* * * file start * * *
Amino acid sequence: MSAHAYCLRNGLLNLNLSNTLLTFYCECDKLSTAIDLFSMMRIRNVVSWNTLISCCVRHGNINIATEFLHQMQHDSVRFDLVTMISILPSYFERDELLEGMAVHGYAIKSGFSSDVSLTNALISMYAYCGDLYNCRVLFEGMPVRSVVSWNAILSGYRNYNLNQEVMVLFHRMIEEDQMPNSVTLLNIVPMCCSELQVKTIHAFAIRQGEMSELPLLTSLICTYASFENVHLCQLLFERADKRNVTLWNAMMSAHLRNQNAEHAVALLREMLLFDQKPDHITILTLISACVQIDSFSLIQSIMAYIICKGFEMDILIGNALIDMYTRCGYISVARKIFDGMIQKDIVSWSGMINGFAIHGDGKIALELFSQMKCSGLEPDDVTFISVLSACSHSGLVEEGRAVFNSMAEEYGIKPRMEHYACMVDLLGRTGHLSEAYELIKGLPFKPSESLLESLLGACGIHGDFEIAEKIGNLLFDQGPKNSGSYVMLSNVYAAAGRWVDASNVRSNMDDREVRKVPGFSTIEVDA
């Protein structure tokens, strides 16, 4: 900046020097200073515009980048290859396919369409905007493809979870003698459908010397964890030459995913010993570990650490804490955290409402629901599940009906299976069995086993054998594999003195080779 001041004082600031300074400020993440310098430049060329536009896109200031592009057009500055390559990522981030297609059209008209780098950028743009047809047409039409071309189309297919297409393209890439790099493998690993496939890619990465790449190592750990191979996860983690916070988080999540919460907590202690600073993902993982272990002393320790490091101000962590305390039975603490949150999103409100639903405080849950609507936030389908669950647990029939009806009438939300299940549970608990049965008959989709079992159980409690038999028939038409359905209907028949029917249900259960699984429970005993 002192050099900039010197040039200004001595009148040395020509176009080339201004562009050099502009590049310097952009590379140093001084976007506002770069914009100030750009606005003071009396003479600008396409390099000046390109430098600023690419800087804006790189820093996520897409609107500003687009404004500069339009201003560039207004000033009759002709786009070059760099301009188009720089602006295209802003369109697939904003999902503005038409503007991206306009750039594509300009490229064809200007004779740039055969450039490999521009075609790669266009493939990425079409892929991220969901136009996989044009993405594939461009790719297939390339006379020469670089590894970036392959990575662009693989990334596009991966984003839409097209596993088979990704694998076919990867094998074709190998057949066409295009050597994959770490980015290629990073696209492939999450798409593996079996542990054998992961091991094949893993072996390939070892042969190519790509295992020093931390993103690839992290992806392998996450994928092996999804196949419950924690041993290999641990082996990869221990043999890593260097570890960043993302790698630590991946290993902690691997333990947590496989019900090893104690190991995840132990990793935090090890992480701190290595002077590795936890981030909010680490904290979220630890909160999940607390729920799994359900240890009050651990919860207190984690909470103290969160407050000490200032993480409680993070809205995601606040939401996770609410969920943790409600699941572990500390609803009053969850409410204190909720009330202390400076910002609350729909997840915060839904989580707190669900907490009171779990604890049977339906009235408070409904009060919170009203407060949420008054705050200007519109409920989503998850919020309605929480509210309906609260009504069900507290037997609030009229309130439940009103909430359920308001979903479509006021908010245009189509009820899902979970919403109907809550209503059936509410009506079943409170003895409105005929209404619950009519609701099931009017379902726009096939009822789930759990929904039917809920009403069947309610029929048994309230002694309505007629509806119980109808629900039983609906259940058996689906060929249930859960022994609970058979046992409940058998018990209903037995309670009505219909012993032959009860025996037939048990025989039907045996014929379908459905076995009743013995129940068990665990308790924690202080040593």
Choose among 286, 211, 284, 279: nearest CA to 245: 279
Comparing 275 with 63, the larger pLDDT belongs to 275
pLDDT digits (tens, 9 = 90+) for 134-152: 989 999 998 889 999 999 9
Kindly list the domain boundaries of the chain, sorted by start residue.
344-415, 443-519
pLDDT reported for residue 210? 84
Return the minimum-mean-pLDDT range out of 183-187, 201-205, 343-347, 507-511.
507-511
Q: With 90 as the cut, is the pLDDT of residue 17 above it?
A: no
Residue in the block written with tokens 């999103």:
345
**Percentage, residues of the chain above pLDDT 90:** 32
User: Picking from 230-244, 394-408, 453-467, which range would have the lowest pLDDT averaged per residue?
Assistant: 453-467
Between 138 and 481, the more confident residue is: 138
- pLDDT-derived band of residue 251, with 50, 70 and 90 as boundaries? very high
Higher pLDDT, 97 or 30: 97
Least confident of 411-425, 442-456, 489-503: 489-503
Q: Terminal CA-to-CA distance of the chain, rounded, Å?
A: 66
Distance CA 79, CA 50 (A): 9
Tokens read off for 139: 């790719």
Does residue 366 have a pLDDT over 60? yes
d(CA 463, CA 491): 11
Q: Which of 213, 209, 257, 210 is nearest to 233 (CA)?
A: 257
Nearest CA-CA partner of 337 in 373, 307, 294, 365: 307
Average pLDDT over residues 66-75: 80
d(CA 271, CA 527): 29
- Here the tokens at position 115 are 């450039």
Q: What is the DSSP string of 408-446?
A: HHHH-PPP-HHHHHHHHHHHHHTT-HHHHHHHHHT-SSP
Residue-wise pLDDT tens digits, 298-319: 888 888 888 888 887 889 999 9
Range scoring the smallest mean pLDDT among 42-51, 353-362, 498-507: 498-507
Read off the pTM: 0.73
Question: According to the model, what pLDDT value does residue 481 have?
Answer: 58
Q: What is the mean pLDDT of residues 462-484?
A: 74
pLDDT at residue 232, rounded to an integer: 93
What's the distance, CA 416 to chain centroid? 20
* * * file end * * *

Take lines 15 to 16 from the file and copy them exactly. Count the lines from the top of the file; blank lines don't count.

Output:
**Percentage, residues of the chain above pLDDT 90:** 32
User: Picking from 230-244, 394-408, 453-467, which range would have the lowest pLDDT averaged per residue?